By choosing native plants for your garden space, you are preserving biodiversity and helping to balance the ecosystem.
A plant is considered native if it has occurred naturally in a region or habitat, without human introduction.
And did you know that once established, native plants require less watering and less maintenance than exotic species? After reading this, you may want to take look at Native Gardening and Why It’s Important, where you’ll find even more in-depth information.
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We recently became homeowners, and one of my main goals is to introduce a diverse amount of bird species and support the wildlife in my area.
One way to help achieve this is by bringing more native plants into the yard.
Previously, to help with attracting birds to the yard, I made this concrete bird bath!
However, since I don’t have much gardening experience and am newer to the area, I thought it best to consult with a local native plant expert here in Georgia.
I was lucky to find Trecia Neal. Trecia is a native plant landscape designer who has many years of experience working with wildlife habitats and designing gardens for birds and other pollinators. Perfect!
How To Choose Plants For A Native Garden Design
When creating a garden with native plants, there will be lots of things for you to consider, but getting started doesn’t need to be difficult.
Just like with any garden design, you’ll start by factoring in things like how much sunlight the area gets and what type of soil you have.
Then, you’ll decide which types of plants to purchase, and which to group together for your native garden. And this is where it’s really helpful to get the advice of an expert native landscape designer, like Trecia.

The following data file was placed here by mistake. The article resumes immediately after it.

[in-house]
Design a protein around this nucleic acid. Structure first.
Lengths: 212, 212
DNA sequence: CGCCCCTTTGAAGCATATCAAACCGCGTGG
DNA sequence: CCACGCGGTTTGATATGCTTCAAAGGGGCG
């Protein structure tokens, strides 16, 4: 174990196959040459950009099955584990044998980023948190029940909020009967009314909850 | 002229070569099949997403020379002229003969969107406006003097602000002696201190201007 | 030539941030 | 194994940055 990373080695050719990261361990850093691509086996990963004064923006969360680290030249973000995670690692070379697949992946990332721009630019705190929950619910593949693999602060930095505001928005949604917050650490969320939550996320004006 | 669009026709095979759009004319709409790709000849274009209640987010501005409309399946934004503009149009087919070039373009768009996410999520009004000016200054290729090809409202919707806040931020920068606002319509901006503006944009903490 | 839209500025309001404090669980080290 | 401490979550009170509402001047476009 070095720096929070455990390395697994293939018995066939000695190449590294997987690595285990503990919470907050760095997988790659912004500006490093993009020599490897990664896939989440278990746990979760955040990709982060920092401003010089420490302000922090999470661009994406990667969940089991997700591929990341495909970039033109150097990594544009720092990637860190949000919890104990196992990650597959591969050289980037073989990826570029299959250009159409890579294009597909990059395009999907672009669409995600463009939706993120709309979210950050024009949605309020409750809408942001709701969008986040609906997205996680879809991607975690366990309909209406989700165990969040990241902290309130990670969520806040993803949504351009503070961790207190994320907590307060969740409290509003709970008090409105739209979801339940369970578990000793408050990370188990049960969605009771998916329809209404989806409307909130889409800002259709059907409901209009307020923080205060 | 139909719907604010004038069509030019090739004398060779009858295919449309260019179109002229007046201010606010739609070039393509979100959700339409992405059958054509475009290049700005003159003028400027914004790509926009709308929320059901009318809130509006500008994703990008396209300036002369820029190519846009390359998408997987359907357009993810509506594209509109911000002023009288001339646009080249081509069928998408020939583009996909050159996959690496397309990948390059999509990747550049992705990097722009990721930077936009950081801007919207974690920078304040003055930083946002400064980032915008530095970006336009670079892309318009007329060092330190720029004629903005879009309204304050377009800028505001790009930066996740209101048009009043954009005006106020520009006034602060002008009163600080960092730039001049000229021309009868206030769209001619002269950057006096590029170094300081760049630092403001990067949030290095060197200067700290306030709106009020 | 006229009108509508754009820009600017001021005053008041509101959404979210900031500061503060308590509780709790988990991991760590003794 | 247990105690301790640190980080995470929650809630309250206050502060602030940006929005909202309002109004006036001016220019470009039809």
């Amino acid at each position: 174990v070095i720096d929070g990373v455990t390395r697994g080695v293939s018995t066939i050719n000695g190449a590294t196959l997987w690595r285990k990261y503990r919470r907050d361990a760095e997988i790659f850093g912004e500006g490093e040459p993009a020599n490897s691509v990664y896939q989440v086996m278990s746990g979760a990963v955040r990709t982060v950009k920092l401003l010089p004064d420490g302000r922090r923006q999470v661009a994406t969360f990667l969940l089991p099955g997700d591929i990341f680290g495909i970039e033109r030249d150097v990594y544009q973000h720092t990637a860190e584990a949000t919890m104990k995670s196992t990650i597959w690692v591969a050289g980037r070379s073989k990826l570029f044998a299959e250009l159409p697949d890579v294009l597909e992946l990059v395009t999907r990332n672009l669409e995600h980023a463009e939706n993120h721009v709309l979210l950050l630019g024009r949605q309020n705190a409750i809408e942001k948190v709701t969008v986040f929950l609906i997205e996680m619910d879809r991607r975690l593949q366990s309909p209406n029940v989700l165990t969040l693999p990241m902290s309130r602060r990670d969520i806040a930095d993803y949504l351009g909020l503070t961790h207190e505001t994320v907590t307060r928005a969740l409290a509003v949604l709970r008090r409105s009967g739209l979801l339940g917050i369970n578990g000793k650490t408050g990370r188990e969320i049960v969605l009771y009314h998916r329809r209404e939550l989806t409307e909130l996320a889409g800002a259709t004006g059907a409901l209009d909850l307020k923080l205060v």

1. Considerations Based Upon Site Conditions
The local conditions will determine the type of plant species that will thrive in your space.
Sun or shade
How much sun does this particular area get? Pay attention to how much sun the area gets during each season.
The difference in the amount of sunlight can be significant and there are quite a few mobile apps that will show you the sunlight on your property throughout the season.
When it rains, does this area become moist and tend to stay moist? Or, is it a dry, or loamy type of soil?
Existing natural landscape
What surrounds this area? Are there plants that visually, naturally fall into that landscape?
How much space will this plant/tree require when it’s at full growth?
Perhaps there are already many native species nearby. In that case, you would want to find plants that would complement the existing species.
Look for plants that offer different benefits to wildlife.
2. Use Scale To Create Varying Heights Of Vegetation
It’s important to vary the heights of vegetation when you create your native plant garden because they are a factor when it comes to providing shelter, nesting and food for wildlife.
- Large native trees, as well as shorter, dense trees make for a quick escape for birds. Check out our list of vibrant trees in fall that may be native to your area!
- Native shrubs and trees provide food and shrubs are great for providing cover for ground dwelling birds and animals.
- Evergreens maintain their foliage in the winter. Birds and animals seek them out for shelter for warmth and cover from predators.
If providing a food source for birds is important for you, then you may want to check out this squirrel proof bird feeder tutorial!
3. Choose Native Plants Based On Bloom Time
Choosing flowering perennial plants and trees that bloom at various times during the season are great choices for your garden. That’s because they allow different types of insects to utilize the habitat all year.
While inviting bugs into your yard may seem like a negative, it is not. Most bird species depend on insects for raising their young, so having successional blooming will bring a lot of species of wildlife to your yard.
Our pollinators rely heavily on flowering perennials for nutrition and some of these plants are also host plants for butterflies. A ‘host plant’ is a plant that butterflies and moths lay their eggs on so that the caterpillars can eat it.